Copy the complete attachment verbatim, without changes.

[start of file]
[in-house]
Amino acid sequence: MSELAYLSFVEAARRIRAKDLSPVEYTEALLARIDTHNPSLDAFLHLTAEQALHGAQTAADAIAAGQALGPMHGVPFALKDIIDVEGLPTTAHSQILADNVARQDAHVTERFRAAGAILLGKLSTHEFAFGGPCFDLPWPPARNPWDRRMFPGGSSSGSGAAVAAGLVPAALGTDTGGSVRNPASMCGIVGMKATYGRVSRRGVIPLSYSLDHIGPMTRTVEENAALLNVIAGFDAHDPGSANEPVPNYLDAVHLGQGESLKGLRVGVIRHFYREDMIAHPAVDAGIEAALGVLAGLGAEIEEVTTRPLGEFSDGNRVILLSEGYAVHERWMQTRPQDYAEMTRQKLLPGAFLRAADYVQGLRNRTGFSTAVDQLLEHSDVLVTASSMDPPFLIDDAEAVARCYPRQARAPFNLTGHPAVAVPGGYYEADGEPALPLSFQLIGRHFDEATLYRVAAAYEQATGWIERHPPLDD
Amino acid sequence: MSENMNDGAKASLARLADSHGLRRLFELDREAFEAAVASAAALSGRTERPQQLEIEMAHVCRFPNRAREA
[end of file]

[in-house]
Amino acid sequence: MSELAYLSFVEAARRIRAKDLSPVEYTEALLARIDTHNPSLDAFLHLTAEQALHGAQTAADAIAAGQALGPMHGVPFALKDIIDVEGLPTTAHSQILADNVARQDAHVTERFRAAGAILLGKLSTHEFAFGGPCFDLPWPPARNPWDRRMFPGGSSSGSGAAVAAGLVPAALGTDTGGSVRNPASMCGIVGMKATYGRVSRRGVIPLSYSLDHIGPMTRTVEENAALLNVIAGFDAHDPGSANEPVPNYLDAVHLGQGESLKGLRVGVIRHFYREDMIAHPAVDAGIEAALGVLAGLGAEIEEVTTRPLGEFSDGNRVILLSEGYAVHERWMQTRPQDYAEMTRQKLLPGAFLRAADYVQGLRNRTGFSTAVDQLLEHSDVLVTASSMDPPFLIDDAEAVARCYPRQARAPFNLTGHPAVAVPGGYYEADGEPALPLSFQLIGRHFDEATLYRVAAAYEQATGWIERHPPLDD
Amino acid sequence: MSENMNDGAKASLARLADSHGLRRLFELDREAFEAAVASAAALSGRTERPQQLEIEMAHVCRFPNRAREA